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Ontario government to allow more healthcare privatization: NDP

A so-called ‘super agency’ that would centralize Ontario’s healthcare in Toronto.



Eli Ridder | Report

A leaked confidential draft bill from Premier Doug Ford’s Ontario government released by the New Democratic Party on Thursday outlines a plan to create an overarching health agency to establish efficiencies, allowing more privatization.

The so-called “super agency”, that would be set up with the Health System Efficiency Act 2019 would centralize powers to “designate” providers of integrated care to serve at least two healthcare wings: hospital care, primary care, mental health and others.

The draft bill wipes Local Health Integration Networks and gives the power to “consider whether to adjust the funding to take into account a portion of the savings from efficiencies that the super agency generated in the previous fiscal year”.

The legislation was leaked by the New Democrats, days after the Toronto Star reported the PC’s plans for the agency. NDP Leader Andrea Horwath said earlier Thursday that “it’s very clear in this bill that the privatization of healthcare is the agenda.”

Minister of Health Christine Elliott dismissed Horwath’s claims that her government plans to further privatize the healthcare system — saying that the New Democrats “got pretty much everything wrong. We are committed to our public healthcare system.”

Elliot did not go into further detail, but confirmed that the leaked legislation was legitimate.

‘Farm out’ healthcare: NDP

Andrea Horwath said the Health System Efficiency Act would “farm out” healthcare services to other organizations, including private providers — saying that it also proves the Progressive Conservatives will not be conducting public consultations in good faith.

The legislation was preceded by a public report from Dr. Rueben Devlin of Premier Ford’s Council on Improving Health Care and Ending Hallway Medicine, a handpicked panel of 11 senior administrators that is led by a close ally of Ford.

The report said that increasing the number of beds in Ontario’s health-care system won’t on its own solve the problem of hospital overcrowding and that too many patients head to emergency rooms for conditions that could be treated elsewhere.

The Devlin report and leaked bill show a PC government prepared to attack the provincial tradition of public healthcare, Horwath said, adding that “if Doug Ford plows ahead with this healthcare privatization bill, he has got one hell of a fight on his hands.”

The opposition New Democrats during the provincial election last year promised to expand and invest further in the universal healthcare system for Ontario, working to add dental care into the coverage.

Minister Elliott said that the New Democrats has been “crying wolf” about the privatization of healthcare for years, including under the previous government of Kathleen Wynne’s Liberal Party.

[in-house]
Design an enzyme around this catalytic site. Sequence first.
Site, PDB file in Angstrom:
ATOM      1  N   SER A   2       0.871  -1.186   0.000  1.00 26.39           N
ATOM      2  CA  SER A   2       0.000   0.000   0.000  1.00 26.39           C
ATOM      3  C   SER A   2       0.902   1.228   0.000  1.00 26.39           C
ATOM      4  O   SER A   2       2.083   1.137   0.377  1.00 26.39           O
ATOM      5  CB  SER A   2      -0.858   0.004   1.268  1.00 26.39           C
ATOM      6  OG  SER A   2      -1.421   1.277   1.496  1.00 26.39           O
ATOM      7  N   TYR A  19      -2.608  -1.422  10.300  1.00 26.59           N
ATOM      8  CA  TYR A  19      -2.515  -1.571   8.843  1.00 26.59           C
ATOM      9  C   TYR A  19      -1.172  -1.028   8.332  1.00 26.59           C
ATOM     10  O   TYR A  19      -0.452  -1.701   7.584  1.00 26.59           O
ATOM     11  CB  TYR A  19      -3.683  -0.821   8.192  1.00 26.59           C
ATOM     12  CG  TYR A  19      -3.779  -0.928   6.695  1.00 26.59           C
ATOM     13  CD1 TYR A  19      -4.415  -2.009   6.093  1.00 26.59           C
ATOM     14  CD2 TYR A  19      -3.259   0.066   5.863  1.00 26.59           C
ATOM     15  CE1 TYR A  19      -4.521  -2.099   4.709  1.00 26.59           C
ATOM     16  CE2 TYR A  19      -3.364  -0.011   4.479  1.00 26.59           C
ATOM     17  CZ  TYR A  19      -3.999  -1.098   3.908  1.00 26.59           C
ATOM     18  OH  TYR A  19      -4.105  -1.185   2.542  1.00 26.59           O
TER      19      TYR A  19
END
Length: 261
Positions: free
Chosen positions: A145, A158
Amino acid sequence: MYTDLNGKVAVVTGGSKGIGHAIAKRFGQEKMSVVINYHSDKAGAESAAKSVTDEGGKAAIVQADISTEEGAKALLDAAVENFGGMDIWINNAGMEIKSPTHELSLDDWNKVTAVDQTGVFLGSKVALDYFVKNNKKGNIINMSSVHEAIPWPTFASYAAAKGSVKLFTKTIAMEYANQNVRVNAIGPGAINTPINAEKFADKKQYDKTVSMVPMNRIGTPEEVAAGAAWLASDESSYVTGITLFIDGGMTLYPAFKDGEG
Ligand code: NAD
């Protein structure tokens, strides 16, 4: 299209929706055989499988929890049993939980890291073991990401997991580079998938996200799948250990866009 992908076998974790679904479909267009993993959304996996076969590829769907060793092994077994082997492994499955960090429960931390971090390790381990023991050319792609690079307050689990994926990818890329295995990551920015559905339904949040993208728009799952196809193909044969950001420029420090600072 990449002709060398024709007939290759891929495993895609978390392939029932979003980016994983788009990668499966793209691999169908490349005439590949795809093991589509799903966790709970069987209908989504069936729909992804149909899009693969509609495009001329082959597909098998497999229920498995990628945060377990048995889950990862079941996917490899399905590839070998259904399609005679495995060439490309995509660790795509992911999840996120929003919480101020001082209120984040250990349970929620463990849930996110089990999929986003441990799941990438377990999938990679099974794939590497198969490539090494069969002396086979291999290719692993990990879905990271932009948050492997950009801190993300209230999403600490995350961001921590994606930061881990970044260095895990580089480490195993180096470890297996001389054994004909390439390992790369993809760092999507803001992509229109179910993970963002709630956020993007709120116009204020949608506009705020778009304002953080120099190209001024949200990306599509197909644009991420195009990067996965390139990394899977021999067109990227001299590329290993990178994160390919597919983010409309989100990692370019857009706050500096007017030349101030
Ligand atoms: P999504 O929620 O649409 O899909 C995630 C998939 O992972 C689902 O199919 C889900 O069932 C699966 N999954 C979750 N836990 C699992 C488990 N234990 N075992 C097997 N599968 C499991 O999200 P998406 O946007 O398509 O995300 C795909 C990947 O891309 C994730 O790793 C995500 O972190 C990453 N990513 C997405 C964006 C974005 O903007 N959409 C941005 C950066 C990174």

Liberals support local care

The Liberal Party’s interim leader, John Fraser, welcomed the Devlin report as it found “much to be proud of within our healthcare system” but “identified common barriers to access in our system” — including community care “close to home”.

“Navigation is a serious barrier to care in our system and it must be addressed to improve the lives of those who need care,” Fraser wrote in a statement released by the Liberals on Thursday.

“The solutions to the challenges our health care system faces are community-based. They depend on local leadership being given the capacity to drive the outcomes their communities need.”

Fraser said that the report shows Premier Ford’s government is attempting to take decision-making out of local communities and centralize them in Toronto — saying that Ford is “heading rapidly in the opposite direction of what is outlined in this report.”

Noting that the report calls for more investment in mental health, MPP for Ottawa-South Fraser says that the “government has drastically cut planned investments in mental health.”

“Healthcare isn’t one-size fits all and improving our health care system is not a job with an end date,” he went on, adding that is it ongoing, complex and costly work but that it “is not simply a balance sheet — it’s about people and families and their care.”

“The people of this province need to be the first consideration in health-care decision making,” he concluded.

‘Disturbing, if true’: Campus Liberals

The University of Guelph Young Liberals told The Avro Post that “the news is indeed disturbing, if true”, adding that “even more concerning is the obvious absence of any moderation on the policies coming out of the premier’s office over the past month.”

“Ford’s ministers continue to leak radical policies and expects us o applaud when they rein them in,” the Liberals added.

The Avro Post has reached out to the University of Guelph Conservatives and New Democrats for statements, as well as party members at Guelph-Humber.

Image of Christine Elliot from her website.


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